Traffic concerns raised about planning development ordinance change

Hiawassee City Hall planning development ordinance

HIAWASSEE, Ga – Members of the public voiced several fears about the proposed planning development ordinance density change.

The new ordinance would allow one acre or large lots to place more units per acre with a maximum of four structures. Discussion about the ordinance update started after the presentation of the Mountain Views Townhome project from an outside developer.

The developer’s under contract for the five acres across from Georgia Mountain Vision Center. He plans to turn the two back acres into townhomes but only if the city changed the density ratio.

The city council’s been steadily moving along with the change, citing the importance of having housing available for young professional families. The proposed 16 townhomes would be three levels with a single car garage and either a two- or three-bedroom layout. The price starts at $230,000 and up.

Since the townhomes fall along Main Street and Ross Lloyd Road, developers must discuss the ingress and egress with Georgia Department of Transportation (GDOT). Currently, GDOTs will only allow a right in and right out from the proposed complex. Individuals won’t be able to make a left turn.


Proposed Townhomes mockup

The public commented that the area is already difficult to turn onto the highway in that area and adding more cars that will have to travel up the road to then turn around will make it worse.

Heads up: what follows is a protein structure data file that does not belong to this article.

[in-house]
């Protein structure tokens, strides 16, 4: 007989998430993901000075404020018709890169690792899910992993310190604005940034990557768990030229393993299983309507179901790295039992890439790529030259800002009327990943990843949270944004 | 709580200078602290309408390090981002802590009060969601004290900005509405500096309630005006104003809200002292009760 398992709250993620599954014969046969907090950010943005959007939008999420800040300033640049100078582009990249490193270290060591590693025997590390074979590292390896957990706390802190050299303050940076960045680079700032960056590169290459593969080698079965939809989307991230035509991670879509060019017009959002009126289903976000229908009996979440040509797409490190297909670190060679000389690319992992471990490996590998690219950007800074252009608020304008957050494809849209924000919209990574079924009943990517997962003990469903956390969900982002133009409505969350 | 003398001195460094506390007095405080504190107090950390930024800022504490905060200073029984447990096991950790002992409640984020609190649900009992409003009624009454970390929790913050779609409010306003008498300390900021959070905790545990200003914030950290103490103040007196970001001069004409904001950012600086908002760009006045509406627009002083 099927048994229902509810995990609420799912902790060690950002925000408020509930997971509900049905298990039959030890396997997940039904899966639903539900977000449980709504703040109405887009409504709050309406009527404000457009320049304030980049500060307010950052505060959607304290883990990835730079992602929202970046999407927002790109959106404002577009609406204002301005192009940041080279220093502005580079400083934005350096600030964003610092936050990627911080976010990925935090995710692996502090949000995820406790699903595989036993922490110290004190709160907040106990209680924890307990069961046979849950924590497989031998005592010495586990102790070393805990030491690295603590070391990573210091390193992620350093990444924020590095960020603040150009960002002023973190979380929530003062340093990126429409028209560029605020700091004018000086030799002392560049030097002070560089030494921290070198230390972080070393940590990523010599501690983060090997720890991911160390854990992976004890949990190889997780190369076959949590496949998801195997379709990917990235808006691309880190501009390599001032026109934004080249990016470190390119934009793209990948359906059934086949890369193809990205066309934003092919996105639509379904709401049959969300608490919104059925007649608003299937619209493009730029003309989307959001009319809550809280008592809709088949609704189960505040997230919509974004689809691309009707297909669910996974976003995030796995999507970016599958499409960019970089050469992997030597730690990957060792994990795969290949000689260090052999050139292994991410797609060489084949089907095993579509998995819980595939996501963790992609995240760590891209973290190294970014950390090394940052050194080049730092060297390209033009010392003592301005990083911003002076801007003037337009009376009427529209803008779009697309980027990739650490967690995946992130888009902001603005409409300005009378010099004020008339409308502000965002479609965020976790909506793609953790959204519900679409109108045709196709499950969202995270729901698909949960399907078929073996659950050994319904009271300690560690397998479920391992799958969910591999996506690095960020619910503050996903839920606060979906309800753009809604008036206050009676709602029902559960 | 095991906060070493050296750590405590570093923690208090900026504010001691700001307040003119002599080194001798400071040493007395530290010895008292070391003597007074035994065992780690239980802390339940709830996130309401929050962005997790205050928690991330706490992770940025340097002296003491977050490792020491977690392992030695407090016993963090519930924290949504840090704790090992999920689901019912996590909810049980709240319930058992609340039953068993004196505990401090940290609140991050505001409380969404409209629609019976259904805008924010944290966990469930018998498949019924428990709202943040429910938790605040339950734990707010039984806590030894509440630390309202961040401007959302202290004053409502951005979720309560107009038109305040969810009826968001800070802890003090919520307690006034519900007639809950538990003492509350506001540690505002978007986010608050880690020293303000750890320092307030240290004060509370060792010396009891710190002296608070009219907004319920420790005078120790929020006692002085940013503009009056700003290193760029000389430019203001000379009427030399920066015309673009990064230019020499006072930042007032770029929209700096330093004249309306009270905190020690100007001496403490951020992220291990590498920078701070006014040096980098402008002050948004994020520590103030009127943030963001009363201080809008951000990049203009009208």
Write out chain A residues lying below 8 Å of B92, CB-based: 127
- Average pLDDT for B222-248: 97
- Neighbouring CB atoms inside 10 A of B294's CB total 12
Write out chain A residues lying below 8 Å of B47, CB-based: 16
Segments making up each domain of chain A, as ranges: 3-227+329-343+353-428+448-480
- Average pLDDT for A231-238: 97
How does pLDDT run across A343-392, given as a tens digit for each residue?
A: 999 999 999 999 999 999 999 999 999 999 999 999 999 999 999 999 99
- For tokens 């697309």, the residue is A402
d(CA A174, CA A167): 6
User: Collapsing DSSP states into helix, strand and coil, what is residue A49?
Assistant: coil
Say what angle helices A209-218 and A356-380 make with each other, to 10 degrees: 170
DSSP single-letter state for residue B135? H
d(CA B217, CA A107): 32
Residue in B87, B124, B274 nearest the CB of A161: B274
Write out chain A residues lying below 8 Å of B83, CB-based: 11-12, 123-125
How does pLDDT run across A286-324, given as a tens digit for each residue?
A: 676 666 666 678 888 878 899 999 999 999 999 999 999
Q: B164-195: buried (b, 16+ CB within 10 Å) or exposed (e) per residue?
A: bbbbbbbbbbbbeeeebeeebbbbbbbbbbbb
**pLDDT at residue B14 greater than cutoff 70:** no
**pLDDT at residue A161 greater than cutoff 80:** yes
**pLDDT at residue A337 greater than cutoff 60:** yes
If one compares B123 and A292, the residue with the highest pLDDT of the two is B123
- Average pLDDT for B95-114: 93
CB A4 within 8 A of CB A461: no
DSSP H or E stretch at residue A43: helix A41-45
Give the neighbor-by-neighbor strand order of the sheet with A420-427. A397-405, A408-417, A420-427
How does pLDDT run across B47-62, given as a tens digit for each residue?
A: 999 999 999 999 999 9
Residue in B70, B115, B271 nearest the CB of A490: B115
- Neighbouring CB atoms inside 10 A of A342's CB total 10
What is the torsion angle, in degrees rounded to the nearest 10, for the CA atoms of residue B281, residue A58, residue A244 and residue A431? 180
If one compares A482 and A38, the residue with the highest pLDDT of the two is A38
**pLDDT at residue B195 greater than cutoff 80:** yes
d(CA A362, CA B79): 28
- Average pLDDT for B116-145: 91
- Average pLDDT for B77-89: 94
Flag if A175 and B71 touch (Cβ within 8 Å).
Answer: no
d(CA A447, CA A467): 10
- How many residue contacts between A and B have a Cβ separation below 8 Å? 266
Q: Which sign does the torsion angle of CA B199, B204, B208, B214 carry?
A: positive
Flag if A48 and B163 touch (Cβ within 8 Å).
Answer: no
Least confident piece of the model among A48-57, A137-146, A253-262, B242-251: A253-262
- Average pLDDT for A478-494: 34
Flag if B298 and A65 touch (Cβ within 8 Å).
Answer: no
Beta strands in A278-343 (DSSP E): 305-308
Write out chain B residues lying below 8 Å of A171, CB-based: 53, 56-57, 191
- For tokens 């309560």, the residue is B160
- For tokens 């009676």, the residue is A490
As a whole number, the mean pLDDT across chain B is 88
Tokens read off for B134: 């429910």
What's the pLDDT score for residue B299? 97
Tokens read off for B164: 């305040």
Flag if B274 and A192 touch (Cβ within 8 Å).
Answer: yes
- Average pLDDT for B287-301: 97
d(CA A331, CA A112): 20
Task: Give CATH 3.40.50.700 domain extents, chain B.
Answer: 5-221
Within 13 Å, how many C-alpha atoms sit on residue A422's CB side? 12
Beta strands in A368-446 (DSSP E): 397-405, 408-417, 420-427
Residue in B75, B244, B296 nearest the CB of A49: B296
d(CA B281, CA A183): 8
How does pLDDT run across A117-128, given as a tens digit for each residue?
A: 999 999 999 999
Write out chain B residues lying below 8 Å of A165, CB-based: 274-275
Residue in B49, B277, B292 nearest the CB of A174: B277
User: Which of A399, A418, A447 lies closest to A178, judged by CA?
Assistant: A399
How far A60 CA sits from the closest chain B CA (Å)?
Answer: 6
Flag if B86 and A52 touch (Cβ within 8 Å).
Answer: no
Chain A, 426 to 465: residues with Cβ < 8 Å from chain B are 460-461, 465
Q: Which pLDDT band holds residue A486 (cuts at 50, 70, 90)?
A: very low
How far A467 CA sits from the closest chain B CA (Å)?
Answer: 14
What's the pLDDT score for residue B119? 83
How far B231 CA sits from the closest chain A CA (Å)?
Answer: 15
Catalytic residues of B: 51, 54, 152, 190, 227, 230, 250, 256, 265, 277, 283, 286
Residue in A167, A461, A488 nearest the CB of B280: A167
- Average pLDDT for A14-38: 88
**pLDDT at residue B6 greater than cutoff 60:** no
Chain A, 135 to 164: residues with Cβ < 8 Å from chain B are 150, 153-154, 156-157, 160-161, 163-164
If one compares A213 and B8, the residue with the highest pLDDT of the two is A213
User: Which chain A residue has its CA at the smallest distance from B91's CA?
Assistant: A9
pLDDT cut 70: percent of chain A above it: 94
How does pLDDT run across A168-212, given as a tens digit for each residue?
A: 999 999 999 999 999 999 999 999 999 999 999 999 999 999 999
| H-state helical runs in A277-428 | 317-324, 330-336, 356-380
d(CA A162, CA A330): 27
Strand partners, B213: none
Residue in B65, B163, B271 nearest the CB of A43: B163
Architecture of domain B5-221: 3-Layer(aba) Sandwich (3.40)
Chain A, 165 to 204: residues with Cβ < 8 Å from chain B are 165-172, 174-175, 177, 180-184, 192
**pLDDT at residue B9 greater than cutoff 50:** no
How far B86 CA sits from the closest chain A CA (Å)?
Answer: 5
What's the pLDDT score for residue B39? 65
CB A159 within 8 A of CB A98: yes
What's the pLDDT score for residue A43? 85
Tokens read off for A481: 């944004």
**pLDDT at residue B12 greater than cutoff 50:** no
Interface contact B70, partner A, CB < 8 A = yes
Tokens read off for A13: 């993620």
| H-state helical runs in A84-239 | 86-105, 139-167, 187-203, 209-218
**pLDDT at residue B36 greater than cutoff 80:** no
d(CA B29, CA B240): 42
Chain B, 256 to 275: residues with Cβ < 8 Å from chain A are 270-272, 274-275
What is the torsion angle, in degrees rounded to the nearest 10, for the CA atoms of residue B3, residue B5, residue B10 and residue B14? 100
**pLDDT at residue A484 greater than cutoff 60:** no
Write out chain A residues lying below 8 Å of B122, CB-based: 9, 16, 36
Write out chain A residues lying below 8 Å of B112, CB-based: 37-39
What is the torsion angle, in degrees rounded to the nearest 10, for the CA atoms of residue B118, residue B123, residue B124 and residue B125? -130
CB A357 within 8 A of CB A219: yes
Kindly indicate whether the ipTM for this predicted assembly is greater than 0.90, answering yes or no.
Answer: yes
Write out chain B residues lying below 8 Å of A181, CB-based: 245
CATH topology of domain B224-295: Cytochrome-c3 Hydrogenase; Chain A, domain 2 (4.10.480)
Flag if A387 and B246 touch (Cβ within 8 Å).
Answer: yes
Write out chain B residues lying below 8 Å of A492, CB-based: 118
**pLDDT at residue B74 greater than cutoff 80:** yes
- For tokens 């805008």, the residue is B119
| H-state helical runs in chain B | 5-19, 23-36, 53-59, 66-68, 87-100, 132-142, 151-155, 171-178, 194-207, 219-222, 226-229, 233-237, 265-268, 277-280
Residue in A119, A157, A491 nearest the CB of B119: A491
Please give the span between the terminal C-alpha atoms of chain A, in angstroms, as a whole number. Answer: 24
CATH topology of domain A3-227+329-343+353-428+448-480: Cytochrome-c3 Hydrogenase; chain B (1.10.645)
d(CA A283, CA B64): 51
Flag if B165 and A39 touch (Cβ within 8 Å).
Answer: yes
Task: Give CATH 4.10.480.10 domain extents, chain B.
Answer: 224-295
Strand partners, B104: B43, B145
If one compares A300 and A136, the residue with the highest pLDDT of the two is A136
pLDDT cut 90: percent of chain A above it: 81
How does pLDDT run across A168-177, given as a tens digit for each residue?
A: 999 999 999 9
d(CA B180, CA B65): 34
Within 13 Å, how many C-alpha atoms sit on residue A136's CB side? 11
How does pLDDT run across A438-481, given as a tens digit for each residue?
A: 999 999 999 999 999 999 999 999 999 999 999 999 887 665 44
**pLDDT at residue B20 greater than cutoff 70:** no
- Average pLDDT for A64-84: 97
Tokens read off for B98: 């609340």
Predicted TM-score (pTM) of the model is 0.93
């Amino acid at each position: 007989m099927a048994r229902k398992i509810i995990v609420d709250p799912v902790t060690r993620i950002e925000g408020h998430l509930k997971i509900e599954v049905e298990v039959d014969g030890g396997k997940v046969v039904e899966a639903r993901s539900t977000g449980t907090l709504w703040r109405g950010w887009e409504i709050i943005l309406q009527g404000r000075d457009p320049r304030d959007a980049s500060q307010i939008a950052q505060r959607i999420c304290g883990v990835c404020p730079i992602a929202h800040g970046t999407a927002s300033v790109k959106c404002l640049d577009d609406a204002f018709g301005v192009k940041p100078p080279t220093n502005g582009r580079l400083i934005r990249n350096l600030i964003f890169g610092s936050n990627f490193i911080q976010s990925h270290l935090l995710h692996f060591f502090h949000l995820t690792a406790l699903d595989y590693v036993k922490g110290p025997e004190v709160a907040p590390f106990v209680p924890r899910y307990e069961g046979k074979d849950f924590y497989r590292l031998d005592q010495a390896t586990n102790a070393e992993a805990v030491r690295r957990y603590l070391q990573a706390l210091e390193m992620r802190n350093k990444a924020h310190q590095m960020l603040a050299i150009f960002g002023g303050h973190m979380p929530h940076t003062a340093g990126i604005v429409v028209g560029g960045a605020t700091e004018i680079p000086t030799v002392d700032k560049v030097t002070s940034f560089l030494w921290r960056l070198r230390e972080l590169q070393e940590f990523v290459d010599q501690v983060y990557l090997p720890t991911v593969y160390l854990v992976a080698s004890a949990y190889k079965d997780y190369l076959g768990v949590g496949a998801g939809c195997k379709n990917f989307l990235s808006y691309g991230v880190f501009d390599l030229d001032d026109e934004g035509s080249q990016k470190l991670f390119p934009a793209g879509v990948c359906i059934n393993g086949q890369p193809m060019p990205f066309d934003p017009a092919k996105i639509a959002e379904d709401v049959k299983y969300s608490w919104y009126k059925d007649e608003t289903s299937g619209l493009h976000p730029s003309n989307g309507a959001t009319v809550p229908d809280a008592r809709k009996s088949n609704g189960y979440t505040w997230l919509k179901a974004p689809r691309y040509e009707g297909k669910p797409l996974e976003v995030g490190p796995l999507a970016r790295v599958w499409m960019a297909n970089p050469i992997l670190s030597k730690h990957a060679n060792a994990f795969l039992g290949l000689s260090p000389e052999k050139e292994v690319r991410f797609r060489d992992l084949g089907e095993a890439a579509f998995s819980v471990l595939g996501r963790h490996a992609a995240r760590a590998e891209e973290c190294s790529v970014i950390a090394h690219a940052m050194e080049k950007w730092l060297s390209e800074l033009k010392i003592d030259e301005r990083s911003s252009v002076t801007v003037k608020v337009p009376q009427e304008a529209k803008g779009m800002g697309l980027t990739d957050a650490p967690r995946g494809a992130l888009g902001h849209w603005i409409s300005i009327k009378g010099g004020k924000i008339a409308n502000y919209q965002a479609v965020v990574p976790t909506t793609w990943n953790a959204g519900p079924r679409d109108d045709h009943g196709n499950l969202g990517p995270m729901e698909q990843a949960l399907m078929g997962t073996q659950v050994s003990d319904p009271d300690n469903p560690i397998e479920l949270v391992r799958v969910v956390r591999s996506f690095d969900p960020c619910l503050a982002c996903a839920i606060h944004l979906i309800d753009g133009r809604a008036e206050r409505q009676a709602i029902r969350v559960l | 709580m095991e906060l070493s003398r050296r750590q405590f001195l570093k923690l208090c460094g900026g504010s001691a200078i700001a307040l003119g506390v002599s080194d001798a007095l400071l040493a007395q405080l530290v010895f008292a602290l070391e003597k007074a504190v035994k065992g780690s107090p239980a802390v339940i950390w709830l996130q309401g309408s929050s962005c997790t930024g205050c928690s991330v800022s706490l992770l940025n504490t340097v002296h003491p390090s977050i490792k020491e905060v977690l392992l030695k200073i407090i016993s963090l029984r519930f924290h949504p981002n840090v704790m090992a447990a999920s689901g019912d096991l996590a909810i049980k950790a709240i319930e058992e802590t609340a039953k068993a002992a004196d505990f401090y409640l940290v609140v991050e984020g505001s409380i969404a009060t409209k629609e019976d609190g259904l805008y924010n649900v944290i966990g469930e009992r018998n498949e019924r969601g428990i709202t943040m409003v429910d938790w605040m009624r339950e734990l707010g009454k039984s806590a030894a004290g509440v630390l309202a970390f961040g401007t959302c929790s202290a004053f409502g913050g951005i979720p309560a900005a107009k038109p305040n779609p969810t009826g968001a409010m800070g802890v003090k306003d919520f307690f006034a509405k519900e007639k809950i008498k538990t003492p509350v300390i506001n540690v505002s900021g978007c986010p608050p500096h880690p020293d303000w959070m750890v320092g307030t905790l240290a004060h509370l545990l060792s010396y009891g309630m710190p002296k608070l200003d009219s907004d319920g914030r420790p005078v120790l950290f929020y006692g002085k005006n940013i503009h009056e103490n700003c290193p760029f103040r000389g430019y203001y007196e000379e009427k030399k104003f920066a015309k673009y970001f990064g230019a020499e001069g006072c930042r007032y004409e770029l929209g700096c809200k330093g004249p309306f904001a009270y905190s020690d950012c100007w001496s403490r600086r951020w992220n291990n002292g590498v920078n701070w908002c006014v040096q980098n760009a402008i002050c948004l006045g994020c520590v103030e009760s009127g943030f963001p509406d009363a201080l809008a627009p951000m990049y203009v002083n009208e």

“A change in density for a project like this may look minuscule, but if you take this across the whole city that’s a big deal, that’s a [potentially] tremendous amount of congestion,” Rob Robbins stated.

The ordinance would apply to the entire city because Hiawassee doesn’t have a zoning policy in place.

Councilmember Amy Barrett argued that one couldn’t judge it across the entire city because few lots could accommodate a project like the townhomes, and most aren’t on the market. She also commented that Mountain Views can’t be compared to Hawks Harbor because Hawks Harbor is on the lake with astronomical asking prices and HOA fees. It also has other issues including poor building practices.

According to Barrett, these proposed townhomes are for families with children who need somewhere to live in Hiawassee. If people want to see more restaurants, coffee shops, or businesses, the area needs to accommodate those types of people. As the city continues to grow, these questions need to be addressed.

It doesn’t apply to lots smaller than one acre, but Mayor Liz Ordiales added Hiawassee has more one acre lots than many people realize.

“The developer is wanting to maximize density. He’s got an investment; I understand that, but that’s not your job, that’s his worry,” Robbins remarked. “Your worry is the taxpayers.”

Councilmember Nancy Noblet commented she wasn’t sure the units would even be built because of the high prices of construction. If the deal goes through, the developer might end up selling the property if construction prices continue to soar and materials are scarce.

Apparently, the next potential buyer in line for that property is storage units. Everyone agreed they don’t want more storage units on Main Street, but without a zoning ordinance, they can’t prevent storage units from going in.

The public hearing for the planning development ordinance change will be on June 17 at 6 p.m. at the Civic Center. The final discussion will be at the June 28 council work session, and the second reading at the July 6 council meeting.

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